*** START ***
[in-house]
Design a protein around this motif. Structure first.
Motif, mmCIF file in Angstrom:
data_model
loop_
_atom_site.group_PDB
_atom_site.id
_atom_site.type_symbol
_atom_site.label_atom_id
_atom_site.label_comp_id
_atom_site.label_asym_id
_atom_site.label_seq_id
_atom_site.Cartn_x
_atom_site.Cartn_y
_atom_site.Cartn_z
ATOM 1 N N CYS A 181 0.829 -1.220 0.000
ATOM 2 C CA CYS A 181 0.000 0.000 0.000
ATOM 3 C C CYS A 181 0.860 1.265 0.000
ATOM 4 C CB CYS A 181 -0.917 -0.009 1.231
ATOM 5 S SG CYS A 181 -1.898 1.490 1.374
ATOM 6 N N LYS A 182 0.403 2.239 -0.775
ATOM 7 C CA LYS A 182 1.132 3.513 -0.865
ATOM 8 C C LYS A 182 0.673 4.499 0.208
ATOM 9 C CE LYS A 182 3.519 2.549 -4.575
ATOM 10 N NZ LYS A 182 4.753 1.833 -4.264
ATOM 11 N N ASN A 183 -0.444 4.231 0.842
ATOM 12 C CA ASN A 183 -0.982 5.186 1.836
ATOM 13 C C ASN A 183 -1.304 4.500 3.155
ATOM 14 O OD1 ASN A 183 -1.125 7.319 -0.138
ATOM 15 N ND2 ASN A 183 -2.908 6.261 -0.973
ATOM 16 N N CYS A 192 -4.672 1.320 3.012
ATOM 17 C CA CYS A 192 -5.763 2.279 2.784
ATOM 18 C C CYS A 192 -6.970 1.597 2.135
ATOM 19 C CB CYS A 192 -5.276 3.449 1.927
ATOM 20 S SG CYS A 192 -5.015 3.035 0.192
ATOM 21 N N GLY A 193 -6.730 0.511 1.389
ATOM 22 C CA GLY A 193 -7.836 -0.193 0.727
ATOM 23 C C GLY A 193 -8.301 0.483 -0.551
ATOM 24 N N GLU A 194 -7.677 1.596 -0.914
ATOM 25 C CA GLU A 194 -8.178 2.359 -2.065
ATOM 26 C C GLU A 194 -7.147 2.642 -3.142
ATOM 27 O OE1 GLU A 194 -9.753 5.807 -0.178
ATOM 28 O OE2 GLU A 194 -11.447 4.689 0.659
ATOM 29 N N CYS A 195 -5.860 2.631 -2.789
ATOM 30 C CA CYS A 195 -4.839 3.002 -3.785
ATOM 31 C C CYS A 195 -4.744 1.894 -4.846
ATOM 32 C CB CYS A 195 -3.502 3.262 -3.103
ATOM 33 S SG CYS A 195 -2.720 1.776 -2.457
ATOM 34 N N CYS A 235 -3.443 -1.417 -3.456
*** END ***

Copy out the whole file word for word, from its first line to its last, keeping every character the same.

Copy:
[in-house]
Design a protein around this motif. Structure first.
Motif, mmCIF file in Angstrom:
data_model
loop_
_atom_site.group_PDB
_atom_site.id
_atom_site.type_symbol
_atom_site.label_atom_id
_atom_site.label_comp_id
_atom_site.label_asym_id
_atom_site.label_seq_id
_atom_site.Cartn_x
_atom_site.Cartn_y
_atom_site.Cartn_z
ATOM 1 N N CYS A 181 0.829 -1.220 0.000
ATOM 2 C CA CYS A 181 0.000 0.000 0.000
ATOM 3 C C CYS A 181 0.860 1.265 0.000
ATOM 4 C CB CYS A 181 -0.917 -0.009 1.231
ATOM 5 S SG CYS A 181 -1.898 1.490 1.374
ATOM 6 N N LYS A 182 0.403 2.239 -0.775
ATOM 7 C CA LYS A 182 1.132 3.513 -0.865
ATOM 8 C C LYS A 182 0.673 4.499 0.208
ATOM 9 C CE LYS A 182 3.519 2.549 -4.575
ATOM 10 N NZ LYS A 182 4.753 1.833 -4.264
ATOM 11 N N ASN A 183 -0.444 4.231 0.842
ATOM 12 C CA ASN A 183 -0.982 5.186 1.836
ATOM 13 C C ASN A 183 -1.304 4.500 3.155
ATOM 14 O OD1 ASN A 183 -1.125 7.319 -0.138
ATOM 15 N ND2 ASN A 183 -2.908 6.261 -0.973
ATOM 16 N N CYS A 192 -4.672 1.320 3.012
ATOM 17 C CA CYS A 192 -5.763 2.279 2.784
ATOM 18 C C CYS A 192 -6.970 1.597 2.135
ATOM 19 C CB CYS A 192 -5.276 3.449 1.927
ATOM 20 S SG CYS A 192 -5.015 3.035 0.192
ATOM 21 N N GLY A 193 -6.730 0.511 1.389
ATOM 22 C CA GLY A 193 -7.836 -0.193 0.727
ATOM 23 C C GLY A 193 -8.301 0.483 -0.551
ATOM 24 N N GLU A 194 -7.677 1.596 -0.914
ATOM 25 C CA GLU A 194 -8.178 2.359 -2.065
ATOM 26 C C GLU A 194 -7.147 2.642 -3.142
ATOM 27 O OE1 GLU A 194 -9.753 5.807 -0.178
ATOM 28 O OE2 GLU A 194 -11.447 4.689 0.659
ATOM 29 N N CYS A 195 -5.860 2.631 -2.789
ATOM 30 C CA CYS A 195 -4.839 3.002 -3.785
ATOM 31 C C CYS A 195 -4.744 1.894 -4.846
ATOM 32 C CB CYS A 195 -3.502 3.262 -3.103
ATOM 33 S SG CYS A 195 -2.720 1.776 -2.457
ATOM 34 N N CYS A 235 -3.443 -1.417 -3.456